NACOGDOCHES, TX (KTRE) – New information on a murder suicide investigation
that happened around 1:30 Thursday morning. The normally quiet ‘Village
Gate’ subdivision off Park Street in Nacogdoches was awakened by the sound of
gunfire and screaming children.

Today the neighborhood has returned to its peaceful nature, but neighbors
are still wondering what made Carlton Wayne Edwards shoot and kill his
wife, Donnie Mae Edwards. The 46 year old woman was shot twice with a handgun,
the same one Edwards used on himself. All this happened with the couple’s
two young daughters in the same house.

"The older daughter, she was terrified last night when it first happened,"
Art Wheeles, a neighbor said. "Then she got her senses together and then s
he was real alert. She knew what she was talking about. She gave the
police department a real good description of everything that happened. Both of
them were coping with it quite well and they knew whatever happened, they
couldn’t undo it."

Tonight the children Wheeles would voluntarily take to Vacation Bible
School are with an older sister and maternal grandparents in Mississippi.
Wheeles also volunteered with another neighbor to clean up the blood spill left
in the hallway. "We didn’t want the family to return for the girl’s things
and see this," explained Wheeles. Following an autopsy, their parents will
be buried in Mississippi.

Edwards father, Carl Edwards of Longview told the East Texas News that his
son was taking pain and depression medication and routinely drank. "He
would drink tequila in the evenings and we all know alcohol and drugs don’t
mix," said Edwards shortly after returning from delivering his granddaughters
to their maternal grandparents.

The Edwards are SFA alum’s. Mr. Edwards just got a food delivery job. His
wife was a dietician with Aramark at SFA. They were married on Christmas
day, 29 years ago. The couple had recently moved back to Nacogdoches after
selling a home in Mississippi. According to the older Edwards, his son and
daughter-in-law were experiencing financial difficulties, yet preparing to
build a new house. Edwards said, "I’m afraid you’re going to see more of this
kind of thing as the economy worsens."

©2009 KTRE. All rights reserved. This material may not be published,
broadcast, rewritten, or redistributed.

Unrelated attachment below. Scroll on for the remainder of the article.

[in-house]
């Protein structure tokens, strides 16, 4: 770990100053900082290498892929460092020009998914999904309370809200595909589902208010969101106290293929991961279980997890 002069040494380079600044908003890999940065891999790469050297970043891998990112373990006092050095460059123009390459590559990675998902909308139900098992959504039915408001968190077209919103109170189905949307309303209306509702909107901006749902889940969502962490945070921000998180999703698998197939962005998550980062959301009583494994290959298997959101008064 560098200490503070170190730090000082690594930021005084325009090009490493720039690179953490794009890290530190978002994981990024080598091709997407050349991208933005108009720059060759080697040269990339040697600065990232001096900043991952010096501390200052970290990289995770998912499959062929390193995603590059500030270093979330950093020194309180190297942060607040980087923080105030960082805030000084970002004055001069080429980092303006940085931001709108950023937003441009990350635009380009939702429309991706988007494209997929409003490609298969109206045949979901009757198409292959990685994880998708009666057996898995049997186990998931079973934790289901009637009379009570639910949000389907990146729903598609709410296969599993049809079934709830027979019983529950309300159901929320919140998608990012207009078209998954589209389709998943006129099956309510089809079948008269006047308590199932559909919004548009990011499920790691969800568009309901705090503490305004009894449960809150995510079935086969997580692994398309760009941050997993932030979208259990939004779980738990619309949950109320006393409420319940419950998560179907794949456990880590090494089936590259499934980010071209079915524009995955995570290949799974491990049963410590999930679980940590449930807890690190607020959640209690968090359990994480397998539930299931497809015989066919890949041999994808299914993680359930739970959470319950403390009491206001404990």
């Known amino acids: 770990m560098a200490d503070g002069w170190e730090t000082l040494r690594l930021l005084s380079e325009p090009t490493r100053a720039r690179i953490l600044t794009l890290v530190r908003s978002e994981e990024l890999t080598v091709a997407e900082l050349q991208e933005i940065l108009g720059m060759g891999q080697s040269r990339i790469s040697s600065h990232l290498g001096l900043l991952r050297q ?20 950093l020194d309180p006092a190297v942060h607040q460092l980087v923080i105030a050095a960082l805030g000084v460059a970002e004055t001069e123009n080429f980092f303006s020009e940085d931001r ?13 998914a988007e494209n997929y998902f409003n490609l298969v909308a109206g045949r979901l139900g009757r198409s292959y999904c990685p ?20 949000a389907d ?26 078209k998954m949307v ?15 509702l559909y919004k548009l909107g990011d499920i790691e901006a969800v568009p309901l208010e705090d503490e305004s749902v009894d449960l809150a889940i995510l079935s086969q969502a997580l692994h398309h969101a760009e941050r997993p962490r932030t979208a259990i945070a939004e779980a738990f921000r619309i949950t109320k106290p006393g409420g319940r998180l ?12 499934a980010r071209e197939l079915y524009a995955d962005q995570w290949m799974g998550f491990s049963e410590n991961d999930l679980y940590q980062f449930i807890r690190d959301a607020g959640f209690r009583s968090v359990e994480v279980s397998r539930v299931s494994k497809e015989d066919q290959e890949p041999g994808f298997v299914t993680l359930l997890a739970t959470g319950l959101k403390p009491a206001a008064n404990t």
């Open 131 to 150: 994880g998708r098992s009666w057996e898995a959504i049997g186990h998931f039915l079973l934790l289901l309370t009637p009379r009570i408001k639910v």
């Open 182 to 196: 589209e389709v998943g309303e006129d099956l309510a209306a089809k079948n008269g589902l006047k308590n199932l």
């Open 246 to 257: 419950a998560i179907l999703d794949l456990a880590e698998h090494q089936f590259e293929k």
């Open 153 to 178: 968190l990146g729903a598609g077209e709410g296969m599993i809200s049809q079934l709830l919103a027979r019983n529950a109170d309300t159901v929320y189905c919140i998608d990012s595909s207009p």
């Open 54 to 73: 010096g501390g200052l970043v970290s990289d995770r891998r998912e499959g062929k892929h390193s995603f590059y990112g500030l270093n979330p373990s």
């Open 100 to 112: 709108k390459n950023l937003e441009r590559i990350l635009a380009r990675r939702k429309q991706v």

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DEPRESSION MED: Violence: Man Beats Up Frail Neighbor: England

Fourth paragraph from the end reads: “Rod Hunt, in mitigation, said his client had been mixing alcohol with anti-depressant tablets, which had made him turn violent.”

Paragraphs four & five read: “In a letter to the court, Mr Hodgson described Summersgill as a decent man and said the brutal assault was out-of-character.”

“The pair were friends at the time, and Summersgill and his partner, Heather Barnett, acted as carers for their neighbour.”

Paragraphs seven & eight read: “Paul Newcombe, prosecuting, said that without warning, Summersgill turned to his housebound friend and said he would kill him.”

“He then grabbed him by the throat and squeezed tightly as he pushed him onto a bed in his front room.”

SSRI Stories Note: The Physicians Desk Reference states that antidepressants can cause a craving for alcohol and alcohol abuse. Also, the liver cannot metabolize the antidepressant and the alcohol simultaneously, thus leading to higher levels of both alcohol and the antidepressant in the human body.

http://www.thenorthernecho.co.uk/news/4515923.Man_jailed_for_threats_to_kill_frail_neighbour/

Man jailed for threats to kill frail neighbour
1:06pm Tuesday 28th July 2009

By Neil Hunter »

A DRUNK who throttled a wheelchair- bound neighbour after threatening to kill him was yesterday jailed for four years.

Paul Summersgill left the frail pensioner on the floor of his home and stole his mobile phone and spectacles before fleeing.

Teesside Crown Court heard that Bernard Hodgson, 65, blacked out during the attack, which left him covered in wounds and bruises.

In a letter to the court, Mr Hodgson described Summersgill as a decent man and said the brutal assault was out-of-character.

The pair were friends at the time, and Summersgill and his partner, Heather Barnett, acted as carers for their neighbour.

On the day of the attack, April 9, Summersgill had been at Mr Hodgson’s home watching television and drinking his beer.

Paul Newcombe, prosecuting, said that without warning, Summersgill turned to his housebound friend and said he would kill him.

He then grabbed him by the throat and squeezed tightly as he pushed him onto a bed in his front room.

On the brink of consciousness, Mr Hodgson then had his face pushed into a pillow.

Summersgill then loosened his grip and took the phone and glasses.

After a short time, Summersgill threw a chair at Mr Hodgson, knocking him to the floor.

Mr Newcombe said: “He then straddled him, using his knees on the victim’s shoulders to pin him to the floor. He again put his hands around the victim’s throat, strangling him and striking him repeatedly across the face.”

Rod Hunt, in mitigation, said his client had been mixing alcohol with anti-depressant tablets, which had made him turn violent.

Summersgill, 34, of The Bungalows, Grangetown, Middlesbrough, admitted wounding with intent to cause grievous bodily harm.

The court heard that last year he throttled his girlfriend, now pregnant, until she lost consciousness.

Judge Tony Briggs, who described Mr Hodgson’s supportive letter as “unusual and extremely generous”, said: “It was a nasty, vicious attack and custody is inevitable.”